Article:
Searching over 5,500,000 cases.

Buy This Entire Record For $7.95

Official citation and/or docket number and footnotes (if any) for this case available with purchase.

Learn more about what you receive with purchase of this case.

Shepherd v. Geovera Specialty Insurance Services, Inc.

United States District Court, E.D. Louisiana

March 5, 2015




Before the Court are a Motion for Summary Judgment filed by Defendant GeoVera Specialty Insurance Company ("GeoVera") (Doc. 27) and a Motion for Partial Summary Judgment filed by Plaintiff Derrick Shepherd ("Shepherd") (Doc. 30). For the following reasons, both Motions are DENIED.


When Hurricane Isaac made landfall in Southeast Louisiana on August 28, 2012, Shepherd had a homeowner's insurance policy with GeoVera insuring his property in Gretna, Louisiana. Shepherd filed a proof of loss claiming his home was substantially damaged as a result of the hurricane. Shepherd filed suit in Orleans Parish Civil District Court seeking insurance proceeds under his homeowner's policy. GeoVera removed the case to this Court on April 15, 2014.

GeoVera filed a motion for summary judgment on July 18, 2014 asserting that Shepherd breached the insurance contract by failing to cooperate in the claim investigation. The Court denied the Motion, citing numerous disputes of material fact that precluded summary judgment at that time. On November 18, 2014, GeoVera filed a motion for summary judgment on lack of coverage or rescission of contract of insurance. That same day, Shepherd filed a motion for partial summary judgment on the issue of bad faith. These are the Motions presently before the Court.


Summary judgment is appropriate "if the pleadings, depositions, answers to interrogatories, and admissions on file, together with affidavits, if any, show that there is no genuine issue as to any material fact and that the moving party is entitled to a judgment as a matter of law."[1] A genuine issue of fact exists only "if the evidence is such that a reasonable jury could return a verdict for the nonmoving party."[2]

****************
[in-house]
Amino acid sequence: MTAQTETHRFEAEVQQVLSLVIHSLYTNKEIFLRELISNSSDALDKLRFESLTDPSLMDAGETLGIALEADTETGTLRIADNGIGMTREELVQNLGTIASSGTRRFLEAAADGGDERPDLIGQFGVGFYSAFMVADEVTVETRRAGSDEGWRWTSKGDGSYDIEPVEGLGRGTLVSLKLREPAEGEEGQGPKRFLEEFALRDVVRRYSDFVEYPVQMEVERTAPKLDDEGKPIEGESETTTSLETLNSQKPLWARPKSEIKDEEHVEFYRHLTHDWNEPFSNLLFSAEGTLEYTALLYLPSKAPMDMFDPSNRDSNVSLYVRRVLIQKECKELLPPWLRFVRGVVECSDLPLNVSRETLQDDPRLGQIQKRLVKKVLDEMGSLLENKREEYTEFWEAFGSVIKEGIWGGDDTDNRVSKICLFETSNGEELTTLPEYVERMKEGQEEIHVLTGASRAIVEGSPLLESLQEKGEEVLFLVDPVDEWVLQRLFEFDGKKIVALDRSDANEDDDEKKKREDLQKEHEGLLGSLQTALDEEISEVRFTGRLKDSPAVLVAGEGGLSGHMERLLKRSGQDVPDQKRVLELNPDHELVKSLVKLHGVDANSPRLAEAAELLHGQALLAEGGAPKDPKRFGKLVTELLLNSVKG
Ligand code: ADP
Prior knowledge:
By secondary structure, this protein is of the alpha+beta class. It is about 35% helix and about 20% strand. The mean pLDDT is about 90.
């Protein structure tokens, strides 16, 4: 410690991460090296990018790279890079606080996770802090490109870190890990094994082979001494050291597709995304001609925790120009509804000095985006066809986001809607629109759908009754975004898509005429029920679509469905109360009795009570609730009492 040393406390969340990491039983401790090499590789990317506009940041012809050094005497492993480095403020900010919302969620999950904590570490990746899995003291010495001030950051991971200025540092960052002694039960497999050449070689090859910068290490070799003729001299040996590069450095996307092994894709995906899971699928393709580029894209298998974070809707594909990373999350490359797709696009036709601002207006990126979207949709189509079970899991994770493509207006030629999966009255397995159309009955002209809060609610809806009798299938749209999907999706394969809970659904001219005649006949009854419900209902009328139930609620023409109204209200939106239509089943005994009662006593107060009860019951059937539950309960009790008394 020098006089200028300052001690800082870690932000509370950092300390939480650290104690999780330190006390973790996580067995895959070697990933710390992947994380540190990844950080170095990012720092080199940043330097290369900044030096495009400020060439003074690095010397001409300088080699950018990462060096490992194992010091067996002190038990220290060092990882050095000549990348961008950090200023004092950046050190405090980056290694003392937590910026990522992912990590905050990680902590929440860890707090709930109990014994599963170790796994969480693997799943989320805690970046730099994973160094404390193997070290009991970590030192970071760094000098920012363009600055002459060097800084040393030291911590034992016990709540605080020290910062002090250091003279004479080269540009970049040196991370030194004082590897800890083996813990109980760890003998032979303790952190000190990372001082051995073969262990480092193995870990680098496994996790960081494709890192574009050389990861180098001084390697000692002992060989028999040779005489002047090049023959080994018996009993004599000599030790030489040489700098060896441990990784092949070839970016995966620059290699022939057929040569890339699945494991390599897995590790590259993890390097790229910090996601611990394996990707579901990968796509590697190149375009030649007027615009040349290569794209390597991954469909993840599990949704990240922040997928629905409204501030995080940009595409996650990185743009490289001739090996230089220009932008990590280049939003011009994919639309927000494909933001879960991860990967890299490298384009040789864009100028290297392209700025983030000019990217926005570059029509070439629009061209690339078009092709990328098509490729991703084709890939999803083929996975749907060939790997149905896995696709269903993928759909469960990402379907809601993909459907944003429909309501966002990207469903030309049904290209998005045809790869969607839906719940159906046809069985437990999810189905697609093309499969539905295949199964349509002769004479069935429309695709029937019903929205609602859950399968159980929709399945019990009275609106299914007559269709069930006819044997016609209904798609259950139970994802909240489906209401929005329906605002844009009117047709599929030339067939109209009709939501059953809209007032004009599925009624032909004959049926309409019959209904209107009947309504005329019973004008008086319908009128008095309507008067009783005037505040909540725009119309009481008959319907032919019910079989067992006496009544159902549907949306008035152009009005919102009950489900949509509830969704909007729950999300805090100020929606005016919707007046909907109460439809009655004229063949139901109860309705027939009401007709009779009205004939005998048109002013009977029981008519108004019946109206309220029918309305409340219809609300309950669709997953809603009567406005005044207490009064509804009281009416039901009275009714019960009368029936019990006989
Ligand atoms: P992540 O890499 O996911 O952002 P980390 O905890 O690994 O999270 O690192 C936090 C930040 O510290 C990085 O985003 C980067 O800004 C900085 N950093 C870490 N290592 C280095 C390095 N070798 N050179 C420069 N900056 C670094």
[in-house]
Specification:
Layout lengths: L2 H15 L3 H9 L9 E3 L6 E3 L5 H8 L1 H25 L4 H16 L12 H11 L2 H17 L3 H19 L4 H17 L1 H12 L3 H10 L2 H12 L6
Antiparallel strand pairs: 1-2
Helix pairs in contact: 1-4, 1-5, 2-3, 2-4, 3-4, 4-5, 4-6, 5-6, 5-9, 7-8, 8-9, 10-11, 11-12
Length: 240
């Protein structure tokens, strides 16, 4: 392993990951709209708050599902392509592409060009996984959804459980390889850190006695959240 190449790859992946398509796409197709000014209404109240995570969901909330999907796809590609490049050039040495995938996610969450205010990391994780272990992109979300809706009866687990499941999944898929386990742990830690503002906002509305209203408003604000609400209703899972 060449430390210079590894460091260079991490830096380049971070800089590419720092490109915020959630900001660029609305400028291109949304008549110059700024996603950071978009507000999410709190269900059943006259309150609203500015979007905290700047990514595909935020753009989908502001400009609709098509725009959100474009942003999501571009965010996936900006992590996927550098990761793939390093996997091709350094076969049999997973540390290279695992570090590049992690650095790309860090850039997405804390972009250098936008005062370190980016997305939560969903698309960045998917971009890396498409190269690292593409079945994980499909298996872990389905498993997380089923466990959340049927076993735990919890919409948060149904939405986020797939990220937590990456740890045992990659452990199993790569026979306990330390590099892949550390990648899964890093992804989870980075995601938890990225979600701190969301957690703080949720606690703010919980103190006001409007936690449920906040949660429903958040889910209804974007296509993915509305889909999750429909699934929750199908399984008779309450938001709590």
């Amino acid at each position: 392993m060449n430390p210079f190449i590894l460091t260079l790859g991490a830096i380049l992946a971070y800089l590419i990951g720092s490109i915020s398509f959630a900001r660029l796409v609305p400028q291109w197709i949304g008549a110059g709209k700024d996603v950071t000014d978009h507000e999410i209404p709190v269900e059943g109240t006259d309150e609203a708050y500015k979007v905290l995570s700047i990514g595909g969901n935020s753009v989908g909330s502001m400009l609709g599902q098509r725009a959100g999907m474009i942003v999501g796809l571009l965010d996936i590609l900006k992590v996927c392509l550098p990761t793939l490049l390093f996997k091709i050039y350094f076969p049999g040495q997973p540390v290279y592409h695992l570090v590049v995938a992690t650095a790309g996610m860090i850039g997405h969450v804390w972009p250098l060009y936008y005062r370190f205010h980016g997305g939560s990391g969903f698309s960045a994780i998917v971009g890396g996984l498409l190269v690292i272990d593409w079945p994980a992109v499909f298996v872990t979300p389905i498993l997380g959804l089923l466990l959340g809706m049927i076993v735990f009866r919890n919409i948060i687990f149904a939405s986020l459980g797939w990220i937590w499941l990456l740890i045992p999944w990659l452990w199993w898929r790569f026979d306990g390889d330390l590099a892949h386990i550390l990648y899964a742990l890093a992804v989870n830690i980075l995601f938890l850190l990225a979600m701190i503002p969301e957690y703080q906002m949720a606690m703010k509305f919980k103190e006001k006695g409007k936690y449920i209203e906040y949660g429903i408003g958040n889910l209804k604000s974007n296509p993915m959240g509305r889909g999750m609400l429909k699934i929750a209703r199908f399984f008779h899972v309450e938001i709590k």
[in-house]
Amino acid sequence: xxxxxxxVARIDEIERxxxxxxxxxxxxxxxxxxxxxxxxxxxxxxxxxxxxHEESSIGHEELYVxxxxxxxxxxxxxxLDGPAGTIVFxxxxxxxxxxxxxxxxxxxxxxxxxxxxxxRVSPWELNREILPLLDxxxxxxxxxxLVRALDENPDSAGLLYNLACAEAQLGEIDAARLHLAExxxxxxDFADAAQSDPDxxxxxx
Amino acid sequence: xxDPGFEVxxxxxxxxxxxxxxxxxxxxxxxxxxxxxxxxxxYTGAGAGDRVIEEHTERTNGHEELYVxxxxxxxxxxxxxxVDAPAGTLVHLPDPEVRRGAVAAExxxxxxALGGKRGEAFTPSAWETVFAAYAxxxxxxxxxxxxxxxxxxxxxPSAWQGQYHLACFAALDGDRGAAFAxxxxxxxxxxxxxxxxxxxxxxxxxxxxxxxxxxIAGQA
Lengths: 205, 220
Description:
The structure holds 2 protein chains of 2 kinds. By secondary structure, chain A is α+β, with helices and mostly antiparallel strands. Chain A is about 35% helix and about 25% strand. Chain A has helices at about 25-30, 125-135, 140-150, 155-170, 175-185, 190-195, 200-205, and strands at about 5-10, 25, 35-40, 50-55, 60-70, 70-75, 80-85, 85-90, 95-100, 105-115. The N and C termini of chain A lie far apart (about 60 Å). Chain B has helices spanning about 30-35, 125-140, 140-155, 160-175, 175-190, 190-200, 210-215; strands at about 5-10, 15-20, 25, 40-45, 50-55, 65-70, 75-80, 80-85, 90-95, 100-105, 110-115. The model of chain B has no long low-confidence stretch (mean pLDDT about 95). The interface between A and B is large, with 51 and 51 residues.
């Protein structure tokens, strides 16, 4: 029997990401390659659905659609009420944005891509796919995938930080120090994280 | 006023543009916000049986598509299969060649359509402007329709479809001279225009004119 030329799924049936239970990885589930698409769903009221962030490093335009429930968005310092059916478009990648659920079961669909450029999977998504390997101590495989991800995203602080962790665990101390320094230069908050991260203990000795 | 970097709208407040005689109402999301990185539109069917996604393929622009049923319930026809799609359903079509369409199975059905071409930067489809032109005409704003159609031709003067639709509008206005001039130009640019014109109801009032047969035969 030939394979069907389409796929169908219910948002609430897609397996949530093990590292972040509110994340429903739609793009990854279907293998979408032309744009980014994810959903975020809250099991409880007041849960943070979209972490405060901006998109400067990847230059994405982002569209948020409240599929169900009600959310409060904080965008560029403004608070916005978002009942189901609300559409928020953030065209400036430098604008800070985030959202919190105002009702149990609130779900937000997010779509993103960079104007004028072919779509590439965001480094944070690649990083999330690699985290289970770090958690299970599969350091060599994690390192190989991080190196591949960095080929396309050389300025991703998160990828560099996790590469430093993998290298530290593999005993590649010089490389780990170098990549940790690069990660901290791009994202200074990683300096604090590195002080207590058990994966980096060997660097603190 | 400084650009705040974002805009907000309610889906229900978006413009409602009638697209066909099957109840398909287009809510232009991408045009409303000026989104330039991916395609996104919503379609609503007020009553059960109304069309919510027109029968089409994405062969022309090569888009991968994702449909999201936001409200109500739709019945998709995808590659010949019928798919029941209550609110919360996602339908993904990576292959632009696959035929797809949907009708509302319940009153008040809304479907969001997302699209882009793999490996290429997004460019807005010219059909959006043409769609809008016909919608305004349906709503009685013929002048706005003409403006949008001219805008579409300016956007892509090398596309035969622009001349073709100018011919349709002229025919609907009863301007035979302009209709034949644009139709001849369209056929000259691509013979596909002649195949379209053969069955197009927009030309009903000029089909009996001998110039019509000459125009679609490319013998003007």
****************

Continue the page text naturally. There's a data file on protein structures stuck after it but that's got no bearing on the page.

In determining whether the movant is entitled to summary judgment, the Court views facts in the light most favorable to the non-movant and draws all reasonable inferences in his favor.[3] "If the moving party meets the initial burden of showing that there is no genuine issue of material fact, the burden shifts to the non-moving party to produce evidence or designate specific facts showing the existence of a genuine issue for trial."[4] Summary judgment is appropriate if the non-movant "fails to make a showing sufficient to establish the existence of an element essential to that party's case."[5] "In response to a properly supported motion for summary judgment, the nonmovant must identify specific evidence in the record and articulate the manner in which that evidence supports that party's claim, and such evidence must be sufficient to sustain a finding in favor of the non-movant on all issues as to which the non-movant would bear the burden of proof at trial."[6] "We do not... in the absence of any proof, assume that the nonmoving party could or would prove the necessary facts."[7] Additionally, "[t]he mere argued existence of a factual dispute will not defeat an otherwise properly supported motion."[8]


GeoVera's Motion for Summary Judgment

GeoVera moves the Court to rescind the insurance contract between Shepherd and GeoVera and order GeoVera to refund any premiums paid for coverage of the policy. GeoVera contends that the insurance policy is void and unenforceable due to material misrepresentations made by Shepherd or his agent when filling out the insurance application. GeoVera further contends that it would not have placed the policy had the application been filled out truthfully.